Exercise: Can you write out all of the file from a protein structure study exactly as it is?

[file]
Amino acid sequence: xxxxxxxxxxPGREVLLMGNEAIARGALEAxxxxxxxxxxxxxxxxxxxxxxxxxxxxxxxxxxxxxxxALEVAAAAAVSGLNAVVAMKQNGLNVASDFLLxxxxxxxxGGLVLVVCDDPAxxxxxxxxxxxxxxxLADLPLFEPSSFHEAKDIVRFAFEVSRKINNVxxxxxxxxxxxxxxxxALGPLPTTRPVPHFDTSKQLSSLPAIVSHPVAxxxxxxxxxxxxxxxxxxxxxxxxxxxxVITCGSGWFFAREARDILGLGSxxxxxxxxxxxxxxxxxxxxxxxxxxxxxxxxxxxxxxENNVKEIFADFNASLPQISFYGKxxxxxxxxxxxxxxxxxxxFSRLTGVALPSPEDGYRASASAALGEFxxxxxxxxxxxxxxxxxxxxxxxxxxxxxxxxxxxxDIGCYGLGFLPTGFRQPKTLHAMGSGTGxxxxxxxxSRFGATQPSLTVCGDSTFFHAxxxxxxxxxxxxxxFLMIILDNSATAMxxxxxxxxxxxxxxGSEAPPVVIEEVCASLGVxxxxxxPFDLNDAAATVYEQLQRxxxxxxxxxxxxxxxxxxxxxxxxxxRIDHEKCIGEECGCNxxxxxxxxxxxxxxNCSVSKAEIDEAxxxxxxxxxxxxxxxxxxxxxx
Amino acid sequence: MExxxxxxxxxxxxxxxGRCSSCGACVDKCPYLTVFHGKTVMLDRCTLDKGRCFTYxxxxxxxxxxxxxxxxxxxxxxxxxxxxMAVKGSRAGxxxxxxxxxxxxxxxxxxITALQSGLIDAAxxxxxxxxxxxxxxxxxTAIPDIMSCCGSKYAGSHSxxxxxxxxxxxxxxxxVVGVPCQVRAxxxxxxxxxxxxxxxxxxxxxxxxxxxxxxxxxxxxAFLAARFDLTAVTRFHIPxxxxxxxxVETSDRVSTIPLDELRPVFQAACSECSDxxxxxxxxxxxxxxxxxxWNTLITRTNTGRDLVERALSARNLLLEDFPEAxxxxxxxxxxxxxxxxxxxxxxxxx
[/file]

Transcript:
Amino acid sequence: xxxxxxxxxxPGREVLLMGNEAIARGALEAxxxxxxxxxxxxxxxxxxxxxxxxxxxxxxxxxxxxxxxALEVAAAAAVSGLNAVVAMKQNGLNVASDFLLxxxxxxxxGGLVLVVCDDPAxxxxxxxxxxxxxxxLADLPLFEPSSFHEAKDIVRFAFEVSRKINNVxxxxxxxxxxxxxxxxALGPLPTTRPVPHFDTSKQLSSLPAIVSHPVAxxxxxxxxxxxxxxxxxxxxxxxxxxxxVITCGSGWFFAREARDILGLGSxxxxxxxxxxxxxxxxxxxxxxxxxxxxxxxxxxxxxxENNVKEIFADFNASLPQISFYGKxxxxxxxxxxxxxxxxxxxFSRLTGVALPSPEDGYRASASAALGEFxxxxxxxxxxxxxxxxxxxxxxxxxxxxxxxxxxxxDIGCYGLGFLPTGFRQPKTLHAMGSGTGxxxxxxxxSRFGATQPSLTVCGDSTFFHAxxxxxxxxxxxxxxFLMIILDNSATAMxxxxxxxxxxxxxxGSEAPPVVIEEVCASLGVxxxxxxPFDLNDAAATVYEQLQRxxxxxxxxxxxxxxxxxxxxxxxxxxRIDHEKCIGEECGCNxxxxxxxxxxxxxxNCSVSKAEIDEAxxxxxxxxxxxxxxxxxxxxxx
Amino acid sequence: MExxxxxxxxxxxxxxxGRCSSCGACVDKCPYLTVFHGKTVMLDRCTLDKGRCFTYxxxxxxxxxxxxxxxxxxxxxxxxxxxxMAVKGSRAGxxxxxxxxxxxxxxxxxxITALQSGLIDAAxxxxxxxxxxxxxxxxxTAIPDIMSCCGSKYAGSHSxxxxxxxxxxxxxxxxVVGVPCQVRAxxxxxxxxxxxxxxxxxxxxxxxxxxxxxxxxxxxxAFLAARFDLTAVTRFHIPxxxxxxxxVETSDRVSTIPLDELRPVFQAACSECSDxxxxxxxxxxxxxxxxxxWNTLITRTNTGRDLVERALSARNLLLEDFPEAxxxxxxxxxxxxxxxxxxxxxxxxx